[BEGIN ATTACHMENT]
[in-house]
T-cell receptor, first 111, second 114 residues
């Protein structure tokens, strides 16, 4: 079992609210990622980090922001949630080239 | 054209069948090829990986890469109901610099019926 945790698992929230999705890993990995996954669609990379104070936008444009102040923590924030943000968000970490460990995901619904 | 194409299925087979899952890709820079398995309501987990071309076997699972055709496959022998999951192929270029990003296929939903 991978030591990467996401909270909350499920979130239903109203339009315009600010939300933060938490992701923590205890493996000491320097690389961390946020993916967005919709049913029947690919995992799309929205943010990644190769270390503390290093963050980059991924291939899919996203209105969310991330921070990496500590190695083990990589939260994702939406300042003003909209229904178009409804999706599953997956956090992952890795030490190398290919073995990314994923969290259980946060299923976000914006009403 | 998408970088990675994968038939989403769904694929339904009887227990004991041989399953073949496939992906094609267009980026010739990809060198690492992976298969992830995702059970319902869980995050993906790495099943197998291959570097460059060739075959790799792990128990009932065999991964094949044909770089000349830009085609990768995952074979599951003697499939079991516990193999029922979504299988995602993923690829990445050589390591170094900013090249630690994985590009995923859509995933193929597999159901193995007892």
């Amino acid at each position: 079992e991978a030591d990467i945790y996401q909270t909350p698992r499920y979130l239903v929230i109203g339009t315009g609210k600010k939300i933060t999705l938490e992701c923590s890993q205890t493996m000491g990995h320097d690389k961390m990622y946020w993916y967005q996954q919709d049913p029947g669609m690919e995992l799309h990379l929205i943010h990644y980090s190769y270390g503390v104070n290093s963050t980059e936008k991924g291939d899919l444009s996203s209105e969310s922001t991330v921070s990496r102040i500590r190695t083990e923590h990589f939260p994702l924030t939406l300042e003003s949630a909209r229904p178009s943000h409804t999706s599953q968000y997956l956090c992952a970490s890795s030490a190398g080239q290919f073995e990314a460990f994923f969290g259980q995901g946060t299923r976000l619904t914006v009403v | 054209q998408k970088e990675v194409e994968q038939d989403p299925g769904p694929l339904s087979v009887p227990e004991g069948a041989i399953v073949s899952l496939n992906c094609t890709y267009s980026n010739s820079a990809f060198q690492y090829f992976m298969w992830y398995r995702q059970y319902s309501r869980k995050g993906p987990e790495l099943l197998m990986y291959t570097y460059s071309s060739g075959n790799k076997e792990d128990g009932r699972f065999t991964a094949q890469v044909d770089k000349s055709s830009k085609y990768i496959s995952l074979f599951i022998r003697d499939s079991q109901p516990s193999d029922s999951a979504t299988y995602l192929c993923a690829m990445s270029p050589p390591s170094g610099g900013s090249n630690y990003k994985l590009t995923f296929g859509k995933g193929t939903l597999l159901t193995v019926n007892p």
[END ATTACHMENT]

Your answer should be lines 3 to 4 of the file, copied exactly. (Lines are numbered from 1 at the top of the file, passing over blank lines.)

């Protein structure tokens, strides 16, 4: 079992609210990622980090922001949630080239 | 054209069948090829990986890469109901610099019926 945790698992929230999705890993990995996954669609990379104070936008444009102040923590924030943000968000970490460990995901619904 | 194409299925087979899952890709820079398995309501987990071309076997699972055709496959022998999951192929270029990003296929939903 991978030591990467996401909270909350499920979130239903109203339009315009600010939300933060938490992701923590205890493996000491320097690389961390946020993916967005919709049913029947690919995992799309929205943010990644190769270390503390290093963050980059991924291939899919996203209105969310991330921070990496500590190695083990990589939260994702939406300042003003909209229904178009409804999706599953997956956090992952890795030490190398290919073995990314994923969290259980946060299923976000914006009403 | 998408970088990675994968038939989403769904694929339904009887227990004991041989399953073949496939992906094609267009980026010739990809060198690492992976298969992830995702059970319902869980995050993906790495099943197998291959570097460059060739075959790799792990128990009932065999991964094949044909770089000349830009085609990768995952074979599951003697499939079991516990193999029922979504299988995602993923690829990445050589390591170094900013090249630690994985590009995923859509995933193929597999159901193995007892």
């Amino acid at each position: 079992e991978a030591d990467i945790y996401q909270t909350p698992r499920y979130l239903v929230i109203g339009t315009g609210k600010k939300i933060t999705l938490e992701c923590s890993q205890t493996m000491g990995h320097d690389k961390m990622y946020w993916y967005q996954q919709d049913p029947g669609m690919e995992l799309h990379l929205i943010h990644y980090s190769y270390g503390v104070n290093s963050t980059e936008k991924g291939d899919l444009s996203s209105e969310s922001t991330v921070s990496r102040i500590r190695t083990e923590h990589f939260p994702l924030t939406l300042e003003s949630a909209r229904p178009s943000h409804t999706s599953q968000y997956l956090c992952a970490s890795s030490a190398g080239q290919f073995e990314a460990f994923f969290g259980q995901g946060t299923r976000l619904t914006v009403v | 054209q998408k970088e990675v194409e994968q038939d989403p299925g769904p694929l339904s087979v009887p227990e004991g069948a041989i399953v073949s899952l496939n992906c094609t890709y267009s980026n010739s820079a990809f060198q690492y090829f992976m298969w992830y398995r995702q059970y319902s309501r869980k995050g993906p987990e790495l099943l197998m990986y291959t570097y460059s071309s060739g075959n790799k076997e792990d128990g009932r699972f065999t991964a094949q890469v044909d770089k000349s055709s830009k085609y990768i496959s995952l074979f599951i022998r003697d499939s079991q109901p516990s193999d029922s999951a979504t299988y995602l192929c993923a690829m990445s270029p050589p390591s170094g610099g900013s090249n630690y990003k994985l590009t995923f296929g859509k995933g193929t939903l597999l159901t193995v019926n007892p």